The Struggle of Sessional Lecturers for Job Security at U of T

An Interview with Dr. Krista Hunt, member of CUPE 3902 Unit 3 and a BASICS supporter

BASICS #16 (Nov / Dec 2009)
by Luis Granados Ceja

Sessional Lecturers at UofT have been in bargaining for several months, and could be on strke as of November 9th. Many UofT Students, including supporters of BASICS Free Community Newsletter have been actively building a solidarity network on campus called Students In
Support of CUPE 3902.

BASICS: What are the demands of CUPE 3902-Unit 3?

Krista Hunt: The bargaining team is looking for a wage increase of 3%, which is the same amount of a wage increase that the Teacher Assistants got in our union. It covers basic cost of living increase. In addition to that, the other major thing is job security because currently we have no job security: we have to reapply for courses every 4 months or 8 months. People don’t know if they can afford to pay their rent or their mortgage; they can’t really plan ahead at all. The third is having some time allocated and funding allocated for sessional lecturers to do research because a key component of teaching is staying current in your field and publishing your research.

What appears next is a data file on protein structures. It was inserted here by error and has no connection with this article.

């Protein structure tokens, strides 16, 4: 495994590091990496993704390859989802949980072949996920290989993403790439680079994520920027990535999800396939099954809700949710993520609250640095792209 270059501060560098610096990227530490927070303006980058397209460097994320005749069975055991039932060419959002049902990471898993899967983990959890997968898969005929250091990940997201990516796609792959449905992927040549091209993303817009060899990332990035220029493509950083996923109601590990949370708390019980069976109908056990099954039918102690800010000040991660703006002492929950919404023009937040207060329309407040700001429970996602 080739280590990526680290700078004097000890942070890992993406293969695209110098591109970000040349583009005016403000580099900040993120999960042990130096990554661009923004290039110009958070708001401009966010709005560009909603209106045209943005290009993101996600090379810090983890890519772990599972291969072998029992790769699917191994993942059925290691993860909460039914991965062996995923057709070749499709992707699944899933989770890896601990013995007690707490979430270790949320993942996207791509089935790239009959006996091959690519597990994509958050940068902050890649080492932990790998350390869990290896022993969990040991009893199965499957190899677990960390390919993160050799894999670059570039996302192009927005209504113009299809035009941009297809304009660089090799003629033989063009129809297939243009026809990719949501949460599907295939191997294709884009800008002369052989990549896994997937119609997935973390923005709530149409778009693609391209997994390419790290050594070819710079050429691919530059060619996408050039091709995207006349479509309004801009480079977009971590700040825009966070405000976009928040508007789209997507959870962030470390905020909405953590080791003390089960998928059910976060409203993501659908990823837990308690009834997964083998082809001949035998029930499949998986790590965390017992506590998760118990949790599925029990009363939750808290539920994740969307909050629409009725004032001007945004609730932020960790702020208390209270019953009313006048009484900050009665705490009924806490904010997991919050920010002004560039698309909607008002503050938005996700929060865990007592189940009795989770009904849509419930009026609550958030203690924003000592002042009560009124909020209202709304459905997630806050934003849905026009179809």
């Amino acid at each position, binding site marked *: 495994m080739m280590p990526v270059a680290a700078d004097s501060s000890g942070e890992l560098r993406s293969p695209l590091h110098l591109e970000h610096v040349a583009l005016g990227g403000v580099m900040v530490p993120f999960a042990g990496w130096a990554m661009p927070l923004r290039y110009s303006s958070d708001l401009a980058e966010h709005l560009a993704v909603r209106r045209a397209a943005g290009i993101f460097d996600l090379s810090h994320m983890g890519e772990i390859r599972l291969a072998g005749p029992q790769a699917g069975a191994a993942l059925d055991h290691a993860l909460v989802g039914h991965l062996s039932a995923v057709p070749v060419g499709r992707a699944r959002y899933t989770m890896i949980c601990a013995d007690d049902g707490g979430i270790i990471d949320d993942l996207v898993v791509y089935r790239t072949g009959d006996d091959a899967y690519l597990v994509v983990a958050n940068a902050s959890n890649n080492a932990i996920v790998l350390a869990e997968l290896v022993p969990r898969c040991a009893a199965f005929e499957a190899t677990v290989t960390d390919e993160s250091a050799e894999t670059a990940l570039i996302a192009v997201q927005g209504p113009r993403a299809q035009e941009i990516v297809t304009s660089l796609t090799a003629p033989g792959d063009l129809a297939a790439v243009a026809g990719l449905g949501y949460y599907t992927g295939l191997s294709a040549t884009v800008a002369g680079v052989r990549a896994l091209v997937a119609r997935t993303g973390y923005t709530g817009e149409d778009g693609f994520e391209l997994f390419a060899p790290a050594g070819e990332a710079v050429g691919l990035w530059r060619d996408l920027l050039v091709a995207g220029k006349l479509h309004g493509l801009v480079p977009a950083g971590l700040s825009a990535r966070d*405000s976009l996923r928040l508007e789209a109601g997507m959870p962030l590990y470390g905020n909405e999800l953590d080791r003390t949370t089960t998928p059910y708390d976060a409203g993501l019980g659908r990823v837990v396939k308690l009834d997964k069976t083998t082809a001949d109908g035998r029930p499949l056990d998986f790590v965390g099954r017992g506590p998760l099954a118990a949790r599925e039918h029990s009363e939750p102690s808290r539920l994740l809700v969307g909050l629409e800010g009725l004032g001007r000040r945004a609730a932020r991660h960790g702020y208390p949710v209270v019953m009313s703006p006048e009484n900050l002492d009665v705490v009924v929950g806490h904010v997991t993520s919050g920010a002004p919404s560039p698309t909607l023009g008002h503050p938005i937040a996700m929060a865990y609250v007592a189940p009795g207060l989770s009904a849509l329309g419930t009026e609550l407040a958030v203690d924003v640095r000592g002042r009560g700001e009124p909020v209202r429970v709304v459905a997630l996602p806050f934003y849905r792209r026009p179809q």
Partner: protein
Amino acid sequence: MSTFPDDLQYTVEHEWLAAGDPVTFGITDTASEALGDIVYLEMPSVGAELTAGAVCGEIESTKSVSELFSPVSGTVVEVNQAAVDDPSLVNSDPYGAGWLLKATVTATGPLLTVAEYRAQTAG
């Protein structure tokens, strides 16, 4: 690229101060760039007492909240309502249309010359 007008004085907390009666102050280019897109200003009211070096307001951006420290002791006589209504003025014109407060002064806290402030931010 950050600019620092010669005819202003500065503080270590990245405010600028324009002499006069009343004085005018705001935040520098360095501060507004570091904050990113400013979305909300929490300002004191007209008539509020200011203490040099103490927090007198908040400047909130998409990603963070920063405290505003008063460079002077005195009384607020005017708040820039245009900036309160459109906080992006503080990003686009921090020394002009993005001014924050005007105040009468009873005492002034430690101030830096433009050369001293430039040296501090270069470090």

BASICS: A lot of students don’t seem to know that their professors are not full professors. Can you explain a little bit more what exactly a “sessional lecturer” is?

KH: A sessional lecturer is somebody who has graduated with a PhD and has not been hired in a full time position. The university relies on 30% of its courses to be taught by sessional faculty. There’s this myth that contract faculty are second-rate academics but in fact the system is set up that way. We have internalized that myth of meritocracy.

BASICS: How would you respond to the accusations that a strike could become prolonged and adversely affect students?

KH: The union has been willing to bargain, we actually started bargaining early in the summer to make sure that there was time for negotiations. So from my perspective the university is the one that is putting students in the position of having their classes interrupted. I don’t know if people know this, but the university actually makes money when we’re on strike because they don’t have to pay us. It’s in the best interests of both the workers and the students to have professors who are committed to the university and that the employer recognizes that with job security and a living wage.

BASICS: Do you feel that the university’s push for underpaid casual labour is indicative of a wider trend in Canada?

KH: Definitely, we see that the university is, interestingly enough, producing its own flexible labour pool. You graduate. You have no work… Your loans come due. What do you do? You take the contracts and people end up there terminally in these positions because there aren’t any other options.

BASICS: How can students demonstrate their support?

KH: I would say make sure we’re not divided. I think that if you’re interested in quality education, I would say strategically, that students need to come out in support of us – and make that support vocally known.

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